In 2001, the Government said that every child who wanted to learn an instrument at primary school should be able to, but this has proved meaningless. Its own figures suggest that only about eight per cent of pupils do so. And, instrumental tuition aside, primary schools spend on average only about 45 minutes a week on music - less than on any other subject.
This may change. Earlier this year, music education got a £1.5m boost and the backing of the school standards minister David Miliband and arts minister Estelle Morris, who are putting together a music manifesto outlining ambitions for primary pupils for the next five years. However, although the manifesto appears to be full of fancy phrases, the commitment to extra resources has yet to appear. And until it does, nothing will change.
Which is a pity, because music enhances creativity and confidence, boosts educational achievements and enhances lives. And, as some recent pilot schemes have shown, when done with enthusiasm, it really captures children's imaginations and makes almost all of them want to carry on learning an instrument.
But we are a long way off seeing this done nationally, so parents who want their young children to get musically involved will have to fund and organise it themselves. They will have to lease an instrument, find a tutor and put in the hard sweat of encouraging practice - the local schools' music service should be able to help. They should also remember that solo playing quickly gets tedious and, as their child grows more proficient, look around for music summer schools or youth orchestras.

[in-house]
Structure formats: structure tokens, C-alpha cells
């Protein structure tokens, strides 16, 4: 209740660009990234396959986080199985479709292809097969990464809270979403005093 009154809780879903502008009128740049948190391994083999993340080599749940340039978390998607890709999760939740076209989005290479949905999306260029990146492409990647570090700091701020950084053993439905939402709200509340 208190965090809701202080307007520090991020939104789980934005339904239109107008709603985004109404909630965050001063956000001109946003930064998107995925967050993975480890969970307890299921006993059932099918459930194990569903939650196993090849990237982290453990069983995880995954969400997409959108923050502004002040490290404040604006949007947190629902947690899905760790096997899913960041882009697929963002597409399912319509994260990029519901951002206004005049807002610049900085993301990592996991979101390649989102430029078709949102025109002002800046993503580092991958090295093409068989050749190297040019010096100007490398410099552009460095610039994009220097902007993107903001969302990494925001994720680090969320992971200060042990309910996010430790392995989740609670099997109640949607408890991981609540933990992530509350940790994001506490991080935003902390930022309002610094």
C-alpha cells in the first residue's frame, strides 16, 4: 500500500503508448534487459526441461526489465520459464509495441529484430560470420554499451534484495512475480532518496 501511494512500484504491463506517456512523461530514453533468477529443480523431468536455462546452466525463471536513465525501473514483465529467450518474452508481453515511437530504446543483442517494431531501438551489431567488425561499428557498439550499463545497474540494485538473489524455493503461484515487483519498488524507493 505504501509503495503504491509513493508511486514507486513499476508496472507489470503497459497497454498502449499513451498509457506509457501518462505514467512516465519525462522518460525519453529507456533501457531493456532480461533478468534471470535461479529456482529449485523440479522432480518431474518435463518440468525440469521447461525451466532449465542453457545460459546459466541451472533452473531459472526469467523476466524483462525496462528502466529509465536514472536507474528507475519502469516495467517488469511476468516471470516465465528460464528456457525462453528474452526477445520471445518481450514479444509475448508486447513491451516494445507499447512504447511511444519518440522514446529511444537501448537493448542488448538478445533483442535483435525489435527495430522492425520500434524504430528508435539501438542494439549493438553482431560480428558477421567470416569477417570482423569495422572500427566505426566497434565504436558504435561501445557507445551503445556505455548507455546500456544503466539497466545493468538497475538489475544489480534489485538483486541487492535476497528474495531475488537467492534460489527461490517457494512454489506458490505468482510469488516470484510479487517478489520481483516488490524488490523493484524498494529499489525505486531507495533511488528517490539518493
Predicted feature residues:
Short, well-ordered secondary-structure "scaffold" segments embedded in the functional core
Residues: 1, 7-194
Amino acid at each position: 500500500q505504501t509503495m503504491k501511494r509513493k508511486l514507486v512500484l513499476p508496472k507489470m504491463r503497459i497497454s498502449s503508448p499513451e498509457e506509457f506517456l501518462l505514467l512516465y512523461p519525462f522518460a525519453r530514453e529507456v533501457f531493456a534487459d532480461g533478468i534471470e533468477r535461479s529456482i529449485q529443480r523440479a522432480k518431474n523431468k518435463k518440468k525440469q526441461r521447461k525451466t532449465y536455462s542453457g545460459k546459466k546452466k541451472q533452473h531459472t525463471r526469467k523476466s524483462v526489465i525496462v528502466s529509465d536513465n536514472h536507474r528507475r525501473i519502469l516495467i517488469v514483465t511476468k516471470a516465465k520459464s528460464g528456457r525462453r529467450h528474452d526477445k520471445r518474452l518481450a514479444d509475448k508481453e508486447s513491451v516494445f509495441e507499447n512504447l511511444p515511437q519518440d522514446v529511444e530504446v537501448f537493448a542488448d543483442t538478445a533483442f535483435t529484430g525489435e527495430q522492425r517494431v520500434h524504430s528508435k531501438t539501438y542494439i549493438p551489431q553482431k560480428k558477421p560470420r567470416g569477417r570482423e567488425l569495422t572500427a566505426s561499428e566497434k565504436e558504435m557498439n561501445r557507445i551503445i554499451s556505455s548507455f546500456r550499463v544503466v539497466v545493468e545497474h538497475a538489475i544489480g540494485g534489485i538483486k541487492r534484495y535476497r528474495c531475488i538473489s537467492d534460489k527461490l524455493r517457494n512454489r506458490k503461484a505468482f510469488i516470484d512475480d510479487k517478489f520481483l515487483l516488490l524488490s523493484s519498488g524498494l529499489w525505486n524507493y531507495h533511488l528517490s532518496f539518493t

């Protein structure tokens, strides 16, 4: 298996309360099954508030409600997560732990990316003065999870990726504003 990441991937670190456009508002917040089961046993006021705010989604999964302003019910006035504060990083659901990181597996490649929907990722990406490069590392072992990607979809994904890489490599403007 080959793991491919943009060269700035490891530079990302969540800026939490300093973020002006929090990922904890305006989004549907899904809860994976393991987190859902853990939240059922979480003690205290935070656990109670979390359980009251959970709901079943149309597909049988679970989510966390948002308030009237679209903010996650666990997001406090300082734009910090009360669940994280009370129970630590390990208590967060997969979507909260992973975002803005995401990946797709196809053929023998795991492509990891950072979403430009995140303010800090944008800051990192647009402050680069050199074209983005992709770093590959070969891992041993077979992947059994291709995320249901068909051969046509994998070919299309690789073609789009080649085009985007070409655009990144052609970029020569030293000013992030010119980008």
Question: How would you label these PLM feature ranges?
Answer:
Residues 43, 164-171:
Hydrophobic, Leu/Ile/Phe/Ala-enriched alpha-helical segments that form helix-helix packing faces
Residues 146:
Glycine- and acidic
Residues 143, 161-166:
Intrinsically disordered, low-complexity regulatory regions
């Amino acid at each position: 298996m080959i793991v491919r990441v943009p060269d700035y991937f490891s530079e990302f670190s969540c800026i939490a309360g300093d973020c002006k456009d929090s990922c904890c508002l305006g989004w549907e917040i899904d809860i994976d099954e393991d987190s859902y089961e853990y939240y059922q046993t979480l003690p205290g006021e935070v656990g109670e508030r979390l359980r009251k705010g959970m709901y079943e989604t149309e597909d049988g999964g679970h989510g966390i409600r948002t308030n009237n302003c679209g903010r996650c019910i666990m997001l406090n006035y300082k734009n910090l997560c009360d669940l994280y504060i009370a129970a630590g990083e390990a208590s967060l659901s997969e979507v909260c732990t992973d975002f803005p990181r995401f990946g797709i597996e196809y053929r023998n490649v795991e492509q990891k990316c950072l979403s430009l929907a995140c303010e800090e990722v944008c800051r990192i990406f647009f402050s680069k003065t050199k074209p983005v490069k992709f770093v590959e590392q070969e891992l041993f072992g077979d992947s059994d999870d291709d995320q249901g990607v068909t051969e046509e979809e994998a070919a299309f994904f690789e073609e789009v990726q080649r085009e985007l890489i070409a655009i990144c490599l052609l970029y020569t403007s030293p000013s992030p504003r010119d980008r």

None of which will combat the "uncoolness" of doing music at secondary school, especially if that school is no good at music. But early spadework may at least encourage a child to return to the musical fold at a later date.
As a music teacher, I can say that children are generally not tested for musical instruments until the age of seven, when they are confidently literate, because learning music is much like learning a new language. Schools cannot dictate, or do, anything about fashion, so perhaps in a few years being a member of a music group will become cool again. As for the Government, they have never done anything positive for musical education, and look unlikely to do so now.
Angela Mccrisken, Belfast
You are ultimately responsible for your children's education. Learning an instrument takes years of commitment on the part of both child and parent. With the younger child, find out what instrument she wants to play. The Associated Board of the Royal Schools of Music website (www.abrsm.org) has a useful information section for parents. Make sure it's one both parent and child like the sound of, and which is small enough to be handled by a young child, or which comes in smaller sizes for children. Find a good local teacher via the ABRSM website, word of mouth, advice from school or the local authority music service. Buy, hire or borrow a decent instrument. Be prepared to devote time and energy to encouraging regular practice. For the older child, ask yourself what you've done to quash the uncool idea. How often do you listen to orchestral or choral music at home? How many orchestral or choral concerts have you taken her to hear? Or maybe she can learn a non-orchestral instrument such as guitar or piano.
Kathryn Robertson, Milton Keynes
Most school music is uncool. Most kids like hip-hop, garage or whatever, but then school orchestras always want them to play things like variations on "Greensleeves". Who wants to do that?
Pat Mellor, Kent
Next week's quandary
I want to go to university in the States. My parents say it's too expensive and most American degrees aren't as good as ours. Isn't this wrong?
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